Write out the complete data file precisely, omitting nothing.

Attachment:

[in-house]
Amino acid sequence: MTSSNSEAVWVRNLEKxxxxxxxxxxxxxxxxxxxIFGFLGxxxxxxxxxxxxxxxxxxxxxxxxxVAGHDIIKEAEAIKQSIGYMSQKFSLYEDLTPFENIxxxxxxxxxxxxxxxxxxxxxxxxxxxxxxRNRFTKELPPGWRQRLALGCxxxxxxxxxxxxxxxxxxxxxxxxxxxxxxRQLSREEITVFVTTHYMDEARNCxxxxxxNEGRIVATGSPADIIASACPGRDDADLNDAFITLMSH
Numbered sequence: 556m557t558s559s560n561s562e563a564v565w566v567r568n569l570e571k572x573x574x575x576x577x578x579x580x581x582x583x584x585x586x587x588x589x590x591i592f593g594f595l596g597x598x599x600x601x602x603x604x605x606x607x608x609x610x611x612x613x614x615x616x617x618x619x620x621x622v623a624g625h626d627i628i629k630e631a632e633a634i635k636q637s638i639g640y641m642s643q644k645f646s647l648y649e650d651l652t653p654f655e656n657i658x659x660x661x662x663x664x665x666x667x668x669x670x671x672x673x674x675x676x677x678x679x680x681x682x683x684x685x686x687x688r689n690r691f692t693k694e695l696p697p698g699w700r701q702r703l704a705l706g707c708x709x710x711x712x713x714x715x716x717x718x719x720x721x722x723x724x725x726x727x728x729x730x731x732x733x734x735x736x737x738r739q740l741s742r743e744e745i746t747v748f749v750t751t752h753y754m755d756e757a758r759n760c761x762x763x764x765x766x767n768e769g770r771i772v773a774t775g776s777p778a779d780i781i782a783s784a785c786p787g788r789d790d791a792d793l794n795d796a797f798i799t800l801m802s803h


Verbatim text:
[in-house]
Amino acid sequence: MTSSNSEAVWVRNLEKxxxxxxxxxxxxxxxxxxxIFGFLGxxxxxxxxxxxxxxxxxxxxxxxxxVAGHDIIKEAEAIKQSIGYMSQKFSLYEDLTPFENIxxxxxxxxxxxxxxxxxxxxxxxxxxxxxxRNRFTKELPPGWRQRLALGCxxxxxxxxxxxxxxxxxxxxxxxxxxxxxxRQLSREEITVFVTTHYMDEARNCxxxxxxNEGRIVATGSPADIIASACPGRDDADLNDAFITLMSH
Numbered sequence: 556m557t558s559s560n561s562e563a564v565w566v567r568n569l570e571k572x573x574x575x576x577x578x579x580x581x582x583x584x585x586x587x588x589x590x591i592f593g594f595l596g597x598x599x600x601x602x603x604x605x606x607x608x609x610x611x612x613x614x615x616x617x618x619x620x621x622v623a624g625h626d627i628i629k630e631a632e633a634i635k636q637s638i639g640y641m642s643q644k645f646s647l648y649e650d651l652t653p654f655e656n657i658x659x660x661x662x663x664x665x666x667x668x669x670x671x672x673x674x675x676x677x678x679x680x681x682x683x684x685x686x687x688r689n690r691f692t693k694e695l696p697p698g699w700r701q702r703l704a705l706g707c708x709x710x711x712x713x714x715x716x717x718x719x720x721x722x723x724x725x726x727x728x729x730x731x732x733x734x735x736x737x738r739q740l741s742r743e744e745i746t747v748f749v750t751t752h753y754m755d756e757a758r759n760c761x762x763x764x765x766x767n768e769g770r771i772v773a774t775g776s777p778a779d780i781i782a783s784a785c786p787g788r789d790d791a792d793l794n795d796a797f798i799t800l801m802s803h